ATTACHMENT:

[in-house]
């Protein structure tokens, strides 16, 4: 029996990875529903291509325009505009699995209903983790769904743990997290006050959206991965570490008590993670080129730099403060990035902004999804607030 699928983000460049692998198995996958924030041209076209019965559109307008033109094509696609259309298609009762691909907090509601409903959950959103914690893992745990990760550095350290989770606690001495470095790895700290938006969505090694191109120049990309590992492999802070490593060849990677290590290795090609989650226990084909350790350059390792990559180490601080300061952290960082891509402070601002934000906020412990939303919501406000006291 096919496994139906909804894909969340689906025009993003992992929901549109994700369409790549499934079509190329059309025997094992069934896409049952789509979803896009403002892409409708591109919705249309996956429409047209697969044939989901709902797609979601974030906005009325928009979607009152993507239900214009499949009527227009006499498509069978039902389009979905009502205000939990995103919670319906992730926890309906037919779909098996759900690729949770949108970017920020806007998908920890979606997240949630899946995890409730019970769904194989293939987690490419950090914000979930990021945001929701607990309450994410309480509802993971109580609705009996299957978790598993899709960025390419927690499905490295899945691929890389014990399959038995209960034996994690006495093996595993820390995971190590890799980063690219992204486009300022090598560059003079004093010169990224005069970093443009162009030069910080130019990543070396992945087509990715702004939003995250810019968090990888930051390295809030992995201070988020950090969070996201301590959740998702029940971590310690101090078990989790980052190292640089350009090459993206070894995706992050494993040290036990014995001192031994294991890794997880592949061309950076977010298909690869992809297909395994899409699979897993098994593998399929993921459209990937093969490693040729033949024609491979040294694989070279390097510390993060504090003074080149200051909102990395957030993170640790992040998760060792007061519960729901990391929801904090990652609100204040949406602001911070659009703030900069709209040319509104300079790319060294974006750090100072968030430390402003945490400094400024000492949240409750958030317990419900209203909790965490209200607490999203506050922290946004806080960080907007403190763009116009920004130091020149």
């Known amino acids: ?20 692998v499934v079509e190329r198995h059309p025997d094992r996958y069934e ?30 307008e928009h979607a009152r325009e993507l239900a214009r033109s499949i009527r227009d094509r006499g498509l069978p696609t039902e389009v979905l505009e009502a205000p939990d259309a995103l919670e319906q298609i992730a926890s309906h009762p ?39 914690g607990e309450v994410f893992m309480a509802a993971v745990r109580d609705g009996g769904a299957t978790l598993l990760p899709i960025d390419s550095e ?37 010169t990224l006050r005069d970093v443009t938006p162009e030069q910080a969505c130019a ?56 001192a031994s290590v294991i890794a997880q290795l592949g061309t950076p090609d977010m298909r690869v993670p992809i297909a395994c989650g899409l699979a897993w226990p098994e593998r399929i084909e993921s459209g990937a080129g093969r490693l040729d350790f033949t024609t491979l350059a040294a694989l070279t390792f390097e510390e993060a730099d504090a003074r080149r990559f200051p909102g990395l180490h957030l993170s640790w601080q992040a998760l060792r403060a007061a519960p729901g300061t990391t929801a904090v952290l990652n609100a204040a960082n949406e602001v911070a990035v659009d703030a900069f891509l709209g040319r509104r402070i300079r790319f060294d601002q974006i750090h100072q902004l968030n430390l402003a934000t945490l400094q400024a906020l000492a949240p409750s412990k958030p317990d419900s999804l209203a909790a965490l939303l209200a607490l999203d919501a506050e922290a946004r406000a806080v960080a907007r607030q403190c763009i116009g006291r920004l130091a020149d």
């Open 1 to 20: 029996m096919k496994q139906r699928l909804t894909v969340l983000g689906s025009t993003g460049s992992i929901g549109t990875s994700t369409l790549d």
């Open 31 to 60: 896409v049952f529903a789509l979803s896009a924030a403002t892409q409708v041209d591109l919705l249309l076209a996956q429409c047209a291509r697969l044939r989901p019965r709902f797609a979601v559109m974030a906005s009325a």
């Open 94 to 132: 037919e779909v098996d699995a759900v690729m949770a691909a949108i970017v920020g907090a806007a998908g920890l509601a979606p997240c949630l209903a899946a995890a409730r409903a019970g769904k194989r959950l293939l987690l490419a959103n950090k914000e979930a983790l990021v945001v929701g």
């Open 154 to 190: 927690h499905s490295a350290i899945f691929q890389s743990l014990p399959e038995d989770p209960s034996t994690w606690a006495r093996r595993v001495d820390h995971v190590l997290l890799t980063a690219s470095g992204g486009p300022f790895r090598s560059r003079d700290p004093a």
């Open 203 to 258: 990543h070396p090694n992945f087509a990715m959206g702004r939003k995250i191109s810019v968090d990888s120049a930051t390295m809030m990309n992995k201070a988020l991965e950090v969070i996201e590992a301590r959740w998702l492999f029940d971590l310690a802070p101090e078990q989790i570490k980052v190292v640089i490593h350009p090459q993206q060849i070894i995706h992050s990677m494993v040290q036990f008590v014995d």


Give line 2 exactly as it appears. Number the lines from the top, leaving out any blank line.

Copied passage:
């Protein structure tokens, strides 16, 4: 029996990875529903291509325009505009699995209903983790769904743990997290006050959206991965570490008590993670080129730099403060990035902004999804607030 699928983000460049692998198995996958924030041209076209019965559109307008033109094509696609259309298609009762691909907090509601409903959950959103914690893992745990990760550095350290989770606690001495470095790895700290938006969505090694191109120049990309590992492999802070490593060849990677290590290795090609989650226990084909350790350059390792990559180490601080300061952290960082891509402070601002934000906020412990939303919501406000006291 096919496994139906909804894909969340689906025009993003992992929901549109994700369409790549499934079509190329059309025997094992069934896409049952789509979803896009403002892409409708591109919705249309996956429409047209697969044939989901709902797609979601974030906005009325928009979607009152993507239900214009499949009527227009006499498509069978039902389009979905009502205000939990995103919670319906992730926890309906037919779909098996759900690729949770949108970017920020806007998908920890979606997240949630899946995890409730019970769904194989293939987690490419950090914000979930990021945001929701607990309450994410309480509802993971109580609705009996299957978790598993899709960025390419927690499905490295899945691929890389014990399959038995209960034996994690006495093996595993820390995971190590890799980063690219992204486009300022090598560059003079004093010169990224005069970093443009162009030069910080130019990543070396992945087509990715702004939003995250810019968090990888930051390295809030992995201070988020950090969070996201301590959740998702029940971590310690101090078990989790980052190292640089350009090459993206070894995706992050494993040290036990014995001192031994294991890794997880592949061309950076977010298909690869992809297909395994899409699979897993098994593998399929993921459209990937093969490693040729033949024609491979040294694989070279390097510390993060504090003074080149200051909102990395957030993170640790992040998760060792007061519960729901990391929801904090990652609100204040949406602001911070659009703030900069709209040319509104300079790319060294974006750090100072968030430390402003945490400094400024000492949240409750958030317990419900209203909790965490209200607490999203506050922290946004806080960080907007403190763009116009920004130091020149």